ASUU Strike: ASUU accuses FG of intimidation and blackmail

The Academic Staff Union of Universities (ASUU) has accused the federal government of resorting to acts of intimidation and blackmail in its efforts to frustrate and break the ranks of the country's universities' academic staff, whose indefinite strike was over eight weeks old.

This is even as ASUU vowed to deal with blacklegs that could emerge among its members who the government might recruit in its alleged desperate effort to divide the union and intimidate it into abandoning the ongoing nation-wide industrial action.

In a joint statement presented by its zonal coordinator, of the Benin Zone of ASUU, Dr. Sunny O. Ighalo, said: "The strike has indeed moved into a critical phase where government is now applying the instrument of intimidation and blackmail and other gimmicks to undermine the struggle.

"The purported disbursement of the N130 billion to universities arising from the meeting of Pro-Chancellors and Vice-Chancellors was aimed at breaking our ranks and is not acceptable to our union."

It noted that Nigeria was rich enough to afford what the union asked for based on the universities’ 'Needs Assessment Report', which actually put the financial resources required to overhaul the nation's university system at N1.5 trillion.

"We believe Nigeria has the resources needed to revitalise our universities and save the nation the disgrace of having to send our children to less endowed countries for university education."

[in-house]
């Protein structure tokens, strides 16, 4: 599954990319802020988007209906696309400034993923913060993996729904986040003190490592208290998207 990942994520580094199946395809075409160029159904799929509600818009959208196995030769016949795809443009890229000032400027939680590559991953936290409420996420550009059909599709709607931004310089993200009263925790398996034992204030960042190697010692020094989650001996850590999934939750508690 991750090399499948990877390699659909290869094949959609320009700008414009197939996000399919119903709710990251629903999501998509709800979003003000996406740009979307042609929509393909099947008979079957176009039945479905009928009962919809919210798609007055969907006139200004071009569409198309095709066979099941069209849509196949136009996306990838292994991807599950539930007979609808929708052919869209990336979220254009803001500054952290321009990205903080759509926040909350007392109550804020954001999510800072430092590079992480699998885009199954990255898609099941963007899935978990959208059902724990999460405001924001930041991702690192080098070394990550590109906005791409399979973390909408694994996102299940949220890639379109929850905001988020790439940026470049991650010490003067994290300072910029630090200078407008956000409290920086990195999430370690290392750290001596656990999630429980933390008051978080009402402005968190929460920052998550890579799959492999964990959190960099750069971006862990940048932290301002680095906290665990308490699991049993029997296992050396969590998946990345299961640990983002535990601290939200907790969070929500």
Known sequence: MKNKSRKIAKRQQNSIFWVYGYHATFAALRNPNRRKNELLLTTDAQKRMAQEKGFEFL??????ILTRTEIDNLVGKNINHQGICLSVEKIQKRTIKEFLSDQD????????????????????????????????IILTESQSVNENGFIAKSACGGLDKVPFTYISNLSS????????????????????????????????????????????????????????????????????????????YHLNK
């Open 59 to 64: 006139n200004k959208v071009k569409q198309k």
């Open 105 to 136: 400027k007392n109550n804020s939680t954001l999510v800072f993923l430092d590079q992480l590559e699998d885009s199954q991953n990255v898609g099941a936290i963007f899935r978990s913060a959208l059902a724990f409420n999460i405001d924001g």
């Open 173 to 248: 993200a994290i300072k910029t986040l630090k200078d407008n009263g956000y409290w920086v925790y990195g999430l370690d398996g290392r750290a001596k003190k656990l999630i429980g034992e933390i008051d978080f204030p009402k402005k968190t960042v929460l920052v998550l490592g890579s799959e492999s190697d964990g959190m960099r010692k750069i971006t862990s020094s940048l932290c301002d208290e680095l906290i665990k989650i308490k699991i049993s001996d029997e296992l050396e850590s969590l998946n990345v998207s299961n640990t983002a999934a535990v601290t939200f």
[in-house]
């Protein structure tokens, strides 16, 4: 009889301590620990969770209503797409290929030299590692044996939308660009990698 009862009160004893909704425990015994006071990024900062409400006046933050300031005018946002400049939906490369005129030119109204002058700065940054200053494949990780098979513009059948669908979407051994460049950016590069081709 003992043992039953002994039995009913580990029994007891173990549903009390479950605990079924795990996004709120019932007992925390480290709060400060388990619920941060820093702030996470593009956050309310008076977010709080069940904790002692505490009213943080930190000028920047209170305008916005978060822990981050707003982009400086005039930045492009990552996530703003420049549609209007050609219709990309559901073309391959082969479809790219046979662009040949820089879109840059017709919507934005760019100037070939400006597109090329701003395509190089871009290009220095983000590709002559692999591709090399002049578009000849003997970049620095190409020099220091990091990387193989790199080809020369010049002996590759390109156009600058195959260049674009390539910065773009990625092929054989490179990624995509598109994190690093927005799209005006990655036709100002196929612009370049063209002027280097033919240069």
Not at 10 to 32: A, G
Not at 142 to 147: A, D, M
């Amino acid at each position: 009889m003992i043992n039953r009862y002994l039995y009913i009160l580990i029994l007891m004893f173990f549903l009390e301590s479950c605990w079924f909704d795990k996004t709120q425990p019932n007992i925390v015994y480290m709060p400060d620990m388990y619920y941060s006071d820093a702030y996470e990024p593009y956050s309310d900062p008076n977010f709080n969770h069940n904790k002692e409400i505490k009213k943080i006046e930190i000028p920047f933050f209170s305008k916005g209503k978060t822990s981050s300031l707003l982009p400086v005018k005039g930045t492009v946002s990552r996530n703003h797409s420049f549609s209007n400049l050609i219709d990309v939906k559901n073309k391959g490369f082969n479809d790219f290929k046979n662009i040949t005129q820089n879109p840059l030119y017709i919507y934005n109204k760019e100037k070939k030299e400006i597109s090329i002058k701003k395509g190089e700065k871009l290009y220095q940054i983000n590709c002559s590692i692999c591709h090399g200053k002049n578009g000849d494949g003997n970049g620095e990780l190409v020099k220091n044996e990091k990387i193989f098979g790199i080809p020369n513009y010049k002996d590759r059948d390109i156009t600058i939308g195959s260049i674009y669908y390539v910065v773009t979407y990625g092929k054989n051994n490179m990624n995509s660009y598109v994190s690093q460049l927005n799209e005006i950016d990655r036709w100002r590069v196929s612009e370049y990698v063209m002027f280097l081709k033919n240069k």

"While N500 billion minimum is expected, going by the Memorandum of Understanding (MoU) of January 2012 for the revitalisation of universities, government claimed that it distributed N100 billion (20 per cent) to the universities," it further said.

The body noted that it would not compromise on the indefinite strike, saying "the federal government should demonstrate integrity" and honour to the letter the agreement it entered into without duress. "What makes a person or an organisation - including governments - honourable is honouring an agreement freely made".

The union leaders swore to continue the strike and advised the federal government to consider returning to the negotiation table with ASUU on how to fulfill the extant agreement signed between it and the union.